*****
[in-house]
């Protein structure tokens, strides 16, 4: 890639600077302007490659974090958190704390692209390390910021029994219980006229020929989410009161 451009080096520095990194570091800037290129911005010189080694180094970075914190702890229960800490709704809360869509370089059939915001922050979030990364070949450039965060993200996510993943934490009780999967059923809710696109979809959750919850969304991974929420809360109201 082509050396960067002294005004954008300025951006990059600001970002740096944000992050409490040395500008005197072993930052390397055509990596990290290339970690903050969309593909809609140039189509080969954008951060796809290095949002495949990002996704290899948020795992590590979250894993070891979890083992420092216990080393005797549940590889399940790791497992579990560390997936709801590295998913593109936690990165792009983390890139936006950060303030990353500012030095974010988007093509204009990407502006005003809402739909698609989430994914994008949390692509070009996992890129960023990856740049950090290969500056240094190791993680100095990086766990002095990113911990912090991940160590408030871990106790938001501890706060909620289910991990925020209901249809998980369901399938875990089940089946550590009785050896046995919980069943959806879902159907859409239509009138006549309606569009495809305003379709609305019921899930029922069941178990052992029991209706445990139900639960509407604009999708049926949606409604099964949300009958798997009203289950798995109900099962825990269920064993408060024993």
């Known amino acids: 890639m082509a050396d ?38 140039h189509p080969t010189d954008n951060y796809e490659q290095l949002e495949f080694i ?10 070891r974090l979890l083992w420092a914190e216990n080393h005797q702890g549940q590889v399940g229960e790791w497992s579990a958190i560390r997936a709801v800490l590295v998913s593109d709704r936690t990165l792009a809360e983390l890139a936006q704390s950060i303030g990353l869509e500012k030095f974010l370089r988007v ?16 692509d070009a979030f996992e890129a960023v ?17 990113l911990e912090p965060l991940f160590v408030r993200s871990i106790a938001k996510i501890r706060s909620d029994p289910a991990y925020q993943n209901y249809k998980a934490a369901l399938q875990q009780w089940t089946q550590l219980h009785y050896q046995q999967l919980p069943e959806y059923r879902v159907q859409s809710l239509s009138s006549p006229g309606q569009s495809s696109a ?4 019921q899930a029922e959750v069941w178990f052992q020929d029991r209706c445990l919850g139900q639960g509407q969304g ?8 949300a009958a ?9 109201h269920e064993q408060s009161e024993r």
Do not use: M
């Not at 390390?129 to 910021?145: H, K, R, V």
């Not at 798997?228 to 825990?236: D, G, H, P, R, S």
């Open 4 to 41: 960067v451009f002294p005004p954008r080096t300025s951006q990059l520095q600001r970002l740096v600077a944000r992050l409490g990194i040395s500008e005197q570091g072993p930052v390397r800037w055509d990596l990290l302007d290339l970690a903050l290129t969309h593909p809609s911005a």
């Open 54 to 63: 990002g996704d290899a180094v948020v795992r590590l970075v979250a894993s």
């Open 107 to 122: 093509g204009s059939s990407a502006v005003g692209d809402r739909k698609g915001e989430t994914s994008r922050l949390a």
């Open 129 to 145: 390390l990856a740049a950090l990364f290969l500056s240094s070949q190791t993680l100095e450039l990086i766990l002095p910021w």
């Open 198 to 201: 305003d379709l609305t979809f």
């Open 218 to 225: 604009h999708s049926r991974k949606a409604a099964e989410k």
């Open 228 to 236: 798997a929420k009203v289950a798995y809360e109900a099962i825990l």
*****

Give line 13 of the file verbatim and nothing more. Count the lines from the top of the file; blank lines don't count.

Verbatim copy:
């Open 228 to 236: 798997a929420k009203v289950a798995y809360e109900a099962i825990l």